FRIDAY, Sept. 28 (HealthDay News) -- For rheumatoid arthritis sufferers whose painful illness prompts depression, relief may come from the practice of an age-old technique already embraced by millions around the world: meditation.
Researchers found that a half-year exposure to meditation techniques helped patients shave as much as one-third of their psychological distress.
The research team, led by Elizabeth K. Pradhan of the University of Maryland School of Medicine's Center for Integrative Medicine, based its conclusions on an analysis of a specific training course called "Mindfulness-Based Stress Reduction" (MBSR).
Pradhan and her colleagues said the MBSR concept of "mindfulness" is designed to guide patients to focus on the "here and now," while emphasizing the value of calmness, clarity, well-being, and a compassion for oneself and others.
The Arthritis Foundation has said that several so-called "mind-body practices" may help arthritis patients alleviate stress, pain, anxiety and depression.
In addition to meditation, the organization acknowledges the potential of electronic monitoring techniques such as biofeedback; the mental health benefits of guided imagery and hypnosis; and the ability of physical activities such as yoga and tai chi to both calm and energize patients.
The Maryland researchers noted that prior studies had already shown that the MBSR course, in particular, seems to have a positive impact on the psychological symptoms of patients with conditions such as anxiety disorders, chronic pain, fibromyalgia, cancer and multiple sclerosis. Patients recovering from organ transplant surgery also seem to derive some benefit, the researchers said.
For their study, published in the October issue of Arthritis Care & Research, Pradhan and her colleagues focused specifically on rheumatoid arthritis. It was the first-ever analysis of MBSR and its impact on depression, general well-being, and disease progression among rheumatoid arthritis patients, the researchers said.
Thirty-one patients were offered the mediation course over an eight-week period, followed by a four-month maintenance program. Another 32 patients did not participate but were told they would be offered free meditation training once the study was completed.
With an average age of 54, most of the patients were female, white, married, college-educated, middle-class, and all were free of either psychiatric illness or alcohol or drug addiction.
During the trial, all the patients continued to be treated by their regular doctor and to take whatever medication they'd been taking before the study began.
At the start of the study, and two and six months later, all the patients completed questionnaires to assess depressive symptoms and psychological distress. Also, blood measures of inflammation were taken and an assessment of tender and swollen joints was done to evaluate current RA status.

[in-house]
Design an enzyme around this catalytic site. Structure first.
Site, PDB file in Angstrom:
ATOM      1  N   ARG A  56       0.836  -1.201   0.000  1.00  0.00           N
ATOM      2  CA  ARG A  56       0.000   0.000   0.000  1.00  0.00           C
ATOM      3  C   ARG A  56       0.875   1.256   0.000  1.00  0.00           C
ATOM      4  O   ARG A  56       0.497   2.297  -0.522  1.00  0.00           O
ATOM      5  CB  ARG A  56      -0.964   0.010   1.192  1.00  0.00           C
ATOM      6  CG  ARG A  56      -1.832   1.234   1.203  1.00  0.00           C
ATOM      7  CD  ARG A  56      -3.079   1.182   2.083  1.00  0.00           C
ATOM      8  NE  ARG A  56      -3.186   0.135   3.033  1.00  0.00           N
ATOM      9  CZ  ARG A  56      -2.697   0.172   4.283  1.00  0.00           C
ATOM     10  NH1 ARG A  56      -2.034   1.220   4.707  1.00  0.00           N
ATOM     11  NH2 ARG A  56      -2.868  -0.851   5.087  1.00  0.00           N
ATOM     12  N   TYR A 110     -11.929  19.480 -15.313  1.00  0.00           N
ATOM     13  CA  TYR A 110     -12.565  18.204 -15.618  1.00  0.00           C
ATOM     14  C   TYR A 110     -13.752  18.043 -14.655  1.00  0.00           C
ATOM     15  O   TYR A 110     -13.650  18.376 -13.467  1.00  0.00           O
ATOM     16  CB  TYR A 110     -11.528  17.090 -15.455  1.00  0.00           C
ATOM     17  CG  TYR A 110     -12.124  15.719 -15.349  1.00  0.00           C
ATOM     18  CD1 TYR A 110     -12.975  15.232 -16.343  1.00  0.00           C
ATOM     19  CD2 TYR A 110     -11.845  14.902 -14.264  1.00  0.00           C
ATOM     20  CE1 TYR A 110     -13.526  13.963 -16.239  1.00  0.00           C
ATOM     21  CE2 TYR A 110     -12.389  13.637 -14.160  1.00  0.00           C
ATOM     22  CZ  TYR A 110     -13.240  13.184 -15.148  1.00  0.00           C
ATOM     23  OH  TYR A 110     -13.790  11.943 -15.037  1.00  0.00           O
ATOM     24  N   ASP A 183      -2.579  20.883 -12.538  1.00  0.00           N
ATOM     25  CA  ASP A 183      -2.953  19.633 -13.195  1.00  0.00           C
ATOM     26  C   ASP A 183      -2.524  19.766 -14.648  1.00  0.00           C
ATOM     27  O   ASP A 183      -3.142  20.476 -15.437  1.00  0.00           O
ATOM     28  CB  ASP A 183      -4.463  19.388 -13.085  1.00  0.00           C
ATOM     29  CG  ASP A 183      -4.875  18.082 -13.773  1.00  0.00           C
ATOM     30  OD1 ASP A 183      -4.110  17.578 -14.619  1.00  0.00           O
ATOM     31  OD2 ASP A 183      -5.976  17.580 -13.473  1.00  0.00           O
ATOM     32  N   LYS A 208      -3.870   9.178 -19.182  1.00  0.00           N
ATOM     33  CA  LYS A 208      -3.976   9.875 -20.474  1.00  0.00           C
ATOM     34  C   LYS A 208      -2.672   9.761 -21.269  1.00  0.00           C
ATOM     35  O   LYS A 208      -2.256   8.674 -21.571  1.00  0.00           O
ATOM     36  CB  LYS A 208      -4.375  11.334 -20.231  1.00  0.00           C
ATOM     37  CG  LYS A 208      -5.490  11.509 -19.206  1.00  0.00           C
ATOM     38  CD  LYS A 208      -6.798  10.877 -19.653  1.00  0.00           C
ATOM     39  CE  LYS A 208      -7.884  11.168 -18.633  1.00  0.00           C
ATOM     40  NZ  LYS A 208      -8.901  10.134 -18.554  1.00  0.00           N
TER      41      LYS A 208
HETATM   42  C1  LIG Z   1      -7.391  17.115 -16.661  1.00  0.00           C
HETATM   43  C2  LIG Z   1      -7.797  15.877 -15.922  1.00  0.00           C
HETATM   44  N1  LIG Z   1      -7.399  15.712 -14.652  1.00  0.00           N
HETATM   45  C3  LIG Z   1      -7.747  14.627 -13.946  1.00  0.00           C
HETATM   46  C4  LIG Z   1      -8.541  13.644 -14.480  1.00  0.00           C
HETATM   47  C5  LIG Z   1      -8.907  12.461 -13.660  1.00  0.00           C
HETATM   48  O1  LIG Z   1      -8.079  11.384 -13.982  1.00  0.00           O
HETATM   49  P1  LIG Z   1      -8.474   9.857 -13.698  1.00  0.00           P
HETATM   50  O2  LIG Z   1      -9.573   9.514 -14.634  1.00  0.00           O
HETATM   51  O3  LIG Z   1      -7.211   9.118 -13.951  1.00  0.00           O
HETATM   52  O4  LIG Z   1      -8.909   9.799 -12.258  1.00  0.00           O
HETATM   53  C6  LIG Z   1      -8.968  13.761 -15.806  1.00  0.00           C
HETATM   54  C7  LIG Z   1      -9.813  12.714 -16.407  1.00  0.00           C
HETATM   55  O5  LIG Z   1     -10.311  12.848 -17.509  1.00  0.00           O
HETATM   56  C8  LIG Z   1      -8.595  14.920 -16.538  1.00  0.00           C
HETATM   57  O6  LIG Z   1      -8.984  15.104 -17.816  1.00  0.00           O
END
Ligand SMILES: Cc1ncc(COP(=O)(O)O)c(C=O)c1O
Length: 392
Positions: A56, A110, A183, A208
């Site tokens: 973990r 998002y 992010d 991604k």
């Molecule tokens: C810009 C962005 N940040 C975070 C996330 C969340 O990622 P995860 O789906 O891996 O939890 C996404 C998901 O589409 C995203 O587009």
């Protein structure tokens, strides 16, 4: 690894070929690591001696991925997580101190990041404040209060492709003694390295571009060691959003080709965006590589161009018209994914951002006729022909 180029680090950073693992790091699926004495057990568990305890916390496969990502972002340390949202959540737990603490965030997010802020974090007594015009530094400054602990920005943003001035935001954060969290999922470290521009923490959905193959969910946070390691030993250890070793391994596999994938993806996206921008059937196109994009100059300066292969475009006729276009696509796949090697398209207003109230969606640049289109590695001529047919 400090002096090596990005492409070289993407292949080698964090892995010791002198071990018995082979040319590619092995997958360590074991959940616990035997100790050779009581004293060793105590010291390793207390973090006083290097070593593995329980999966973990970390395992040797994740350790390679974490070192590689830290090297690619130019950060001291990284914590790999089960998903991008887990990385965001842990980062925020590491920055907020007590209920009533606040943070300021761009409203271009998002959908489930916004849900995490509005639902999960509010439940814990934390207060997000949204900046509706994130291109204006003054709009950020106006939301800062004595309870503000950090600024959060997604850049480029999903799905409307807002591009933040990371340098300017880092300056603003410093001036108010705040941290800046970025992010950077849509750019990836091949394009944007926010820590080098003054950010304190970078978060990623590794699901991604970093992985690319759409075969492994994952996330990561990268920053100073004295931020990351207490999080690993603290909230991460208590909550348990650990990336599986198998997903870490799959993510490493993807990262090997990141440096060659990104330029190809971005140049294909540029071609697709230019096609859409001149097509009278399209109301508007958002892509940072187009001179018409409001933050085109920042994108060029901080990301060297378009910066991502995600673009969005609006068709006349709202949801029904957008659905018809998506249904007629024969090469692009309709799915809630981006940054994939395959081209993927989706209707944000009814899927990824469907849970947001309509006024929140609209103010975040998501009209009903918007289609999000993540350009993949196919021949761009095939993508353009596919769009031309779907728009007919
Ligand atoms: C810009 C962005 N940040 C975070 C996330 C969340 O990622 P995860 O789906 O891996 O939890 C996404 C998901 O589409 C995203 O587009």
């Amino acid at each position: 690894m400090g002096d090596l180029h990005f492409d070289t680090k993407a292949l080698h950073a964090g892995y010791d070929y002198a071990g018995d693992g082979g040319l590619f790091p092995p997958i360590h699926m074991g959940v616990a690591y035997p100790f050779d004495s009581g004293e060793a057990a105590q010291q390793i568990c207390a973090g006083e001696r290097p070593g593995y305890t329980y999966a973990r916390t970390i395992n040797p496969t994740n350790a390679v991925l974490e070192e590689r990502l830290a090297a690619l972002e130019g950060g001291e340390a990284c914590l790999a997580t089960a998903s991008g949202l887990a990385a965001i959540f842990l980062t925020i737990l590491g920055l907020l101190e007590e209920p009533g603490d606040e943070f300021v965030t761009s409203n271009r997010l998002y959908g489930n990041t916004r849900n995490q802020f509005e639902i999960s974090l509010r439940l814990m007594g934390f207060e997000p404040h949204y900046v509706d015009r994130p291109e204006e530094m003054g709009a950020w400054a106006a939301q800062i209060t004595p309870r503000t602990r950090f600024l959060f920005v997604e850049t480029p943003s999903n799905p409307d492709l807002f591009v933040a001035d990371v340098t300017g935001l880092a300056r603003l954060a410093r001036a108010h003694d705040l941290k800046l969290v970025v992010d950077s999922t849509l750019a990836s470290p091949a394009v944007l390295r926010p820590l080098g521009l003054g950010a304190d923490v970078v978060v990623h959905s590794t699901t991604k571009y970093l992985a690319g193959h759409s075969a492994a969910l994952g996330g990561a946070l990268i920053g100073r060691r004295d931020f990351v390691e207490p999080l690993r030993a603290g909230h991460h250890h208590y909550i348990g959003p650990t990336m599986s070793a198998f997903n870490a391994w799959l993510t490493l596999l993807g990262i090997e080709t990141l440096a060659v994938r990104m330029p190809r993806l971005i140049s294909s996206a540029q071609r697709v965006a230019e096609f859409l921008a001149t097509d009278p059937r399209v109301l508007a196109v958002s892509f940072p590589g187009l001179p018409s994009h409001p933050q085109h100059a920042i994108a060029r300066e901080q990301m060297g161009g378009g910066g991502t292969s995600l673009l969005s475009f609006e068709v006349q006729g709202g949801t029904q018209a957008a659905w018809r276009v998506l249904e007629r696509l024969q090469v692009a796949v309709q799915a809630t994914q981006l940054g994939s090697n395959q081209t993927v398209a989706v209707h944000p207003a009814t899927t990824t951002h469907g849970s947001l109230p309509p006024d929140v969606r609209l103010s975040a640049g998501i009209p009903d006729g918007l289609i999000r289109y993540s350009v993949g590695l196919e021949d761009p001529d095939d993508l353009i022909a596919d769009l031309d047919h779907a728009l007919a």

By the two-month mark, both the meditation and the non-meditation groups had shown equal levels of improvement in terms of depression and emotional symptoms.
But by six months, there was a "significant" difference in perceived psychological distress between the two groups -- those practicing mediation reported a 35 percent reduction in psychological distress.
The researchers emphasized, however, that the meditation had no impact on the progression and activity of RA disease itself.
Pradhan and her team concluded that the meditation technique offered rheumatoid arthritis patients a safe and appealing way to improve their sense of well-being, when offered alongside traditional medical care.
"There's a fair amount of emotional distress that accompanies RA in terms of stability, worrying about the future, worrying about the ability to take care of oneself, to keep a job, to say nothing about the daily pain," Pradhan said. "There's just a lot to deal with. So, I think this is a novel and innovative way to handle this emotional distress and one that hasn't been tried before, and we were happy to see that it did make a difference along those lines.
"It doesn't really change disease status. That didn't happen," she said. "But in terms of ability to cope with a chronic and debilitating condition, meditation did appear to be quite helpful. And there was really high satisfaction with the intervention. So, I think this bodes well for the future.
"The other thing I think is important to note about our study," Pradhan said, "is that mindfulness meditation can be combined with any rheumatological therapy. It is truly complementary medicine in that sense, done in addition to pharmacological or other intervention. So, for physicians and patients who wonder what they can do to improve well-being, beyond taking medications, this study offers evidence for a beneficial approach to dealing with the psychological distress of RA.
Dr. Stephen Lindsey, head of rheumatology at Ochsner Health Systems in Baton Rouge, La., applauded Pradhan and her team for managing to get a scientific handle on a phenomenon he has observed throughout his practice.
"If someone is having stress and trouble with their arthritis, if you can somehow decrease the stress, you might be able to increase their function," Lindsey said. "And when you're meditating, you're trying to relax your body and get rid of the tension. It doesn't necessarily have to be a meditation scheme. It could be yoga, or Pilates, or a self-help course. But I'm in favor of using everything possible to help people, and this would be just one more way to help patients improve their lives."
To learn more about meditation and arthritis, visit the Arthritis Foundation.
SOURCES: Elizabeth K. Pradhan, Ph.D., the Center for Integrative Medicine, University of Maryland School of Medicine, Baltimore; Stephen Lindsey, M.D., head, rheumatology, Ochsner Health Systems, Baton Rouge, La.; October 2007, Arthritis Care & Research